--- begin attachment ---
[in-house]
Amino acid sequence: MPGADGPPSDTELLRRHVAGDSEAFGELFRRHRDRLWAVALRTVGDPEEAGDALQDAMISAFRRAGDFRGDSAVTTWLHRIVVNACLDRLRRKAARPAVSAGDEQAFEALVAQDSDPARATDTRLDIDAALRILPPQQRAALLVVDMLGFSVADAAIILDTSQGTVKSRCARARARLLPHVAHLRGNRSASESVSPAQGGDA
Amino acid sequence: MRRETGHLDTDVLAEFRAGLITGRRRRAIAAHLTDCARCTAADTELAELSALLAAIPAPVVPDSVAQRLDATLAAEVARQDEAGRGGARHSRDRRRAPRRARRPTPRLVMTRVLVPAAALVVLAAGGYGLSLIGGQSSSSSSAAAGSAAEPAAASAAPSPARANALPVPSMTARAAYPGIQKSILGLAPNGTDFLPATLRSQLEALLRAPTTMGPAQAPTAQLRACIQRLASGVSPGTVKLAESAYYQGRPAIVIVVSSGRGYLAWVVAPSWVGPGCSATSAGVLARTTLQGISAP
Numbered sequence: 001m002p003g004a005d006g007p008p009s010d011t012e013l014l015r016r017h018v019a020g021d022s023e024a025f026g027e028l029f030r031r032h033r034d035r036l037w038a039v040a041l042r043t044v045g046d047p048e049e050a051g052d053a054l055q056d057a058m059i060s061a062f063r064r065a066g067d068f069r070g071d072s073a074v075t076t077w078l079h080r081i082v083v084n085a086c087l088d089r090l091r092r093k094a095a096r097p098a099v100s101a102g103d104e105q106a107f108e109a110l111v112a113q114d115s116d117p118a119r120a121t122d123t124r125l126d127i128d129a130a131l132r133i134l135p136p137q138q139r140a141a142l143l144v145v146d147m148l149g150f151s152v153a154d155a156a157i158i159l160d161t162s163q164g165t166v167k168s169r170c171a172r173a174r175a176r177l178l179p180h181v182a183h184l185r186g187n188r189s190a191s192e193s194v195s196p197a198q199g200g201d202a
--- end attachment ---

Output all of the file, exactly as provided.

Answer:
[in-house]
Amino acid sequence: MPGADGPPSDTELLRRHVAGDSEAFGELFRRHRDRLWAVALRTVGDPEEAGDALQDAMISAFRRAGDFRGDSAVTTWLHRIVVNACLDRLRRKAARPAVSAGDEQAFEALVAQDSDPARATDTRLDIDAALRILPPQQRAALLVVDMLGFSVADAAIILDTSQGTVKSRCARARARLLPHVAHLRGNRSASESVSPAQGGDA
Amino acid sequence: MRRETGHLDTDVLAEFRAGLITGRRRRAIAAHLTDCARCTAADTELAELSALLAAIPAPVVPDSVAQRLDATLAAEVARQDEAGRGGARHSRDRRRAPRRARRPTPRLVMTRVLVPAAALVVLAAGGYGLSLIGGQSSSSSSAAAGSAAEPAAASAAPSPARANALPVPSMTARAAYPGIQKSILGLAPNGTDFLPATLRSQLEALLRAPTTMGPAQAPTAQLRACIQRLASGVSPGTVKLAESAYYQGRPAIVIVVSSGRGYLAWVVAPSWVGPGCSATSAGVLARTTLQGISAP
Numbered sequence: 001m002p003g004a005d006g007p008p009s010d011t012e013l014l015r016r017h018v019a020g021d022s023e024a025f026g027e028l029f030r031r032h033r034d035r036l037w038a039v040a041l042r043t044v045g046d047p048e049e050a051g052d053a054l055q056d057a058m059i060s061a062f063r064r065a066g067d068f069r070g071d072s073a074v075t076t077w078l079h080r081i082v083v084n085a086c087l088d089r090l091r092r093k094a095a096r097p098a099v100s101a102g103d104e105q106a107f108e109a110l111v112a113q114d115s116d117p118a119r120a121t122d123t124r125l126d127i128d129a130a131l132r133i134l135p136p137q138q139r140a141a142l143l144v145v146d147m148l149g150f151s152v153a154d155a156a157i158i159l160d161t162s163q164g165t166v167k168s169r170c171a172r173a174r175a176r177l178l179p180h181v182a183h184l185r186g187n188r189s190a191s192e193s194v195s196p197a198q199g200g201d202a